The Beatrix Potter Exhibition

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Beatrix Potter, born in 1866, is known all over the world as the author and illustrator of some of our most beloved children’s books. We are indebted to her for giving us Peter Rabbit, Mrs Tiggy-Winkle, Jemima Puddle-Duck and countless other adorable childhood friends. Most of Beatrix Potter’s stories are now over a hundred years old, and yet they are timeless. When my three-year-old requests (I mean, demands) a bedtime story, the Flopsy Bunnies remain just as popular a choice as the Gruffalo or the Highway Rat.

Beatrix Potter was a regular visitor to Perthshire, and our local flora and fauna inspired much of her work. A trip to the Beatrix Potter Exhibition, housed in Birnam Arts Centre, is a fun way for both children and adults to find out more about her. It’s just a quick drive north of Perth, or a short walk from Dunkeld and Birnam railway station. I took my mum and my little boy, James, to check it out.

On arrival, James was immediately immersed in Beatrix Potter’s world.On arrival, James was immediately immersed in Beatrix Potter’s world. The exhibition is interactive and this hands-on approach is highly successful in engaging children’s attention. James found the dressing up wardrobe in no time and was soon sauntering around looking very dapper in his blue Peter Rabbit coat, complete with fluffy white tail. He loved carting carrots to and fro in Peter’s wheelbarrow, before diligently applying himself to Mrs Tiggy-Winkle’s pile of laundry, using her old-fashioned iron. Ginger and Pickles’ little shop was an absolute joy – James was totally absorbed playing shopkeeper, cheerfully charging other small children fifty quid for a couple of onions – I suspect I could have left him there all day.

Beatrix Potter - James wheelbarrow

As well as getting to know Beatrix Potter’s colourful characters, the exhibition helps us to get to know Beatrix herself. She was not only a consummate storyteller and artist, but a passionate conservationist and a talented natural scientist, acclaimed for her scientific drawings of fungi. All this would be admirable work for a woman in the 21st century; in the early 1900s, Beatrix Potter was extraordinary. The exhibition encourages children not just to admire Beatrix Potter’s stories, but to inhabit her world. They can make-believe lessons in a Victorian school room, practice their sketching, and even write using her secret code (what child doesn’t love a secret code!)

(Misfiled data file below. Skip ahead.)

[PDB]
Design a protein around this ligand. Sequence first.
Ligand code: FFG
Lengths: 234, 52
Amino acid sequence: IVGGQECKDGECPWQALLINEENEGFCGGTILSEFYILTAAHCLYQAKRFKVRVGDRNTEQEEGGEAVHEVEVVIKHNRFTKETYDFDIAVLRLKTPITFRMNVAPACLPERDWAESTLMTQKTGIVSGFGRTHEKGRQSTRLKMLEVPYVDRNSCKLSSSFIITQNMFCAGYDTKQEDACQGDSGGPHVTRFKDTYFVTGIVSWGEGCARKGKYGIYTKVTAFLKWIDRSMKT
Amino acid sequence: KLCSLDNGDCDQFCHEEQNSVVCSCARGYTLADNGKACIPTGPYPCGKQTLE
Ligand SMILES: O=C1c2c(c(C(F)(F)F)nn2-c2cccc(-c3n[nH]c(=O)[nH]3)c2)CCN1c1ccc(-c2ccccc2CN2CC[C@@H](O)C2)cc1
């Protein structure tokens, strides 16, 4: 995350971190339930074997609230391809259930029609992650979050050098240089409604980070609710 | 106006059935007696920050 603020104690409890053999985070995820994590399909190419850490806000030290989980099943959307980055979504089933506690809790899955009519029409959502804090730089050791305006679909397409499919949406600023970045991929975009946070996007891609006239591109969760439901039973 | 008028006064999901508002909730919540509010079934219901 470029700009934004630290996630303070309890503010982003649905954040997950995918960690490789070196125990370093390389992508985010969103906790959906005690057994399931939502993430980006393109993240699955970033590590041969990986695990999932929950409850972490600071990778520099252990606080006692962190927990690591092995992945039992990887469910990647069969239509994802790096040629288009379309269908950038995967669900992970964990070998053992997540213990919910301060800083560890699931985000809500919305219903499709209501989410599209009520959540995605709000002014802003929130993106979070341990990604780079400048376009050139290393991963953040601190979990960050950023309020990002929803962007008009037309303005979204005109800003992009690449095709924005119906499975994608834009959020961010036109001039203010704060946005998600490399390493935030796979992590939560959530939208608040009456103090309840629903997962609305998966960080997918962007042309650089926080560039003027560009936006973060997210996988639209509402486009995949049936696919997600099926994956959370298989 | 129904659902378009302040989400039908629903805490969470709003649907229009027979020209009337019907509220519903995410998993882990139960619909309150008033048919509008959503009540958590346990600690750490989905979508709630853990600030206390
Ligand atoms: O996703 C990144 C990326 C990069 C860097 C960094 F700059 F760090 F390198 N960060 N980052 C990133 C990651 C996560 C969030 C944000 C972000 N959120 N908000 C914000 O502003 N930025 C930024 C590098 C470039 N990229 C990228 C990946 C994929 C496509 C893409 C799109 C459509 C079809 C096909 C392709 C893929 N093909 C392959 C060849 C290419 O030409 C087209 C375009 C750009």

The exhibition is suitable for all ages. Older children and adults can peruse the wealth of detail about this inspirational woman displayed on information boards. Young children have a wide range of toys to choose from: a mouse house, tea things, a fishing game, jigsaws, soft toys, blocks and, of course, books. If you need a bout of fresh air, just head outside to the adjacent Beatrix Potter Garden. This natural space feels refreshingly wild, and James loved tracking down his favourite characters who were tucked away beside the pond and amongst the greenery.


After our busy morning, Mum, James and I were ready for a bite to eat. The Foyer Café next door to the exhibition is the perfect place for satisfying healthy young appetites. James was spoilt for choice with an enticing children’s menu, and went for a toastie with fruit and crisps. The café takes care to source local produce, with meat, salad leaves and vegetables coming from just down the road in Dunkeld. Bread and cakes are home-made, and the ice-cream is made locally by Stewart Tower Dairy. Mum and I finished with tea and coffee, and James made short work of a blueberry ice-cream for dessert (I felt obliged to sample some, just to make sure it was okay...!)

In the afternoon, the three of us popped back into the exhibition for one last wander around. It’s a safe and compact space, thoughtfully laid out, and James was in no hurry to leave.

A small entrance fee allows you hours of entertainment, and children under three years old are given free entry. While James continued to play happily, I took the opportunity to browse the gift shop, which stocks a wide range of Beatrix Potter merchandise and other goodies. Both the shop and the exhibition space are staffed by volunteers, and the profits from the shop are reinvested in the Birnam Arts Centre.

We finally took our leave, and after an inevitable stop at the playpark just across the road, my sleepy child was thrilled to make the brief journey home by train. I hadn’t realised how easy it is to make this trip by public transport from Perth, and James and I will definitely be paying Jeremy Fisher and his pals another visit.


For more details on the Beatrix Potter Exhibition and Garden check out Birnam Arts Directory Listing here >>>

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